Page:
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Archivistische beschrijving
Reeks Engels
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Notebooks

The majority of the notebooks are A5 or similar. Most of the content is handwritten unless specified otherwise.
Many of the notebooks contain transcriptions of hieratic texts from ostraca, papyri and other objects. Also recorded are transcriptions of graffiti (hieratic and hieroglyphic) and hieroglyphic texts from monuments.
Texts were often copied in situ at sites or in museums and were continually collated. Transcriptions were also made using photographs and publications as source material.
Some notebooks are thematic focusing on economic and social history issues. These subjects include Egyptian administration (nomes), prices, topography (e.g. Deir el-Medîna), etc.
Notebooks compiled from material consulted in Egyptian collections, mostly in European countries and Egypt. Černý visited museums with major collections of hieratic material from Deir el-Medîna, most notably, Museo Egizio, Turin; British Museum, London; [Ägyptisches] Museum, Berlin; and Rijksmuseum, Leiden.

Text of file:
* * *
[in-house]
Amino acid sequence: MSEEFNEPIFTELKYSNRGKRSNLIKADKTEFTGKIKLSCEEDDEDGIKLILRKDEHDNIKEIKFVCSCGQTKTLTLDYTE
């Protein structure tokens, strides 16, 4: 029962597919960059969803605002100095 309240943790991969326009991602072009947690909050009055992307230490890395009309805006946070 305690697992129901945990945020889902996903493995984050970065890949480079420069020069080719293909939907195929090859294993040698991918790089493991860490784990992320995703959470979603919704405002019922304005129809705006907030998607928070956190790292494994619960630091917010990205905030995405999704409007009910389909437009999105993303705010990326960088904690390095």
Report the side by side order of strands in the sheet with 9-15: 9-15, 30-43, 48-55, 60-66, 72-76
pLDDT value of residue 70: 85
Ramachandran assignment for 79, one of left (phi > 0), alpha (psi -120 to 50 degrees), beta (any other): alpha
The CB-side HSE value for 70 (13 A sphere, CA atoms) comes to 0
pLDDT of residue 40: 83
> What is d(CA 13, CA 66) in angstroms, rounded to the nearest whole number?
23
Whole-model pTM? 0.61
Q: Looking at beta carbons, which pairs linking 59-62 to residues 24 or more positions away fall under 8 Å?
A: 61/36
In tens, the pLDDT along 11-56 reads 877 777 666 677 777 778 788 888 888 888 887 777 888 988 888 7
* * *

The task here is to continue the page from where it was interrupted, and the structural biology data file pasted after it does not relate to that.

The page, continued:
Černý compiled a series of slip-indexes for the transcriptions (slip-indexes, see Černý MSS 23 to 46).

Miscellaneous - slip-index

-Prosopographical notes. General
-Prosopographical notes. To the Cambridge Ancient History chapter
-Vocabulary of the Great Inscription of Merneptah
-Egyptian words in other languages
-Vocabulary from various sources
-Lexicographical slips
-Weights and measures

Miscellaneous - slip-index

-Vocabulary, some from Černý, Ostraca hiératiques (Cat. Caire) (OEB 136749).
-Palaeography of hieratic signs from Abusir.
-Texts from mummy wrappings. See Daressy 'Les cercueils des prètres d'Ammon (deuxième trouvaille de Deir el-Bahari)', in ASAE 8 (1907), 3-38 (OEB 137609).
-Index of references to Černý in publications.

Journals

The Journals, or more correctly journal-letters, cover 38 seasons, with a date range of 1880-1 to 1928-9, which cover Petrie’s first season in Egypt (measuring the Pyramids at Giza) through to 1928-9 (Petrie’s excavations at Tell Fara in Palestine). There are approximately 5,000 journal pages.

The earlier handwritten Journals are by Petrie, then following his marriage in 1897, much of the writing was compiled by his wife, Hilda.

A basic presentation of three of these journals is available on the Griffith Institute website, see the entries for the first three journals for further information.

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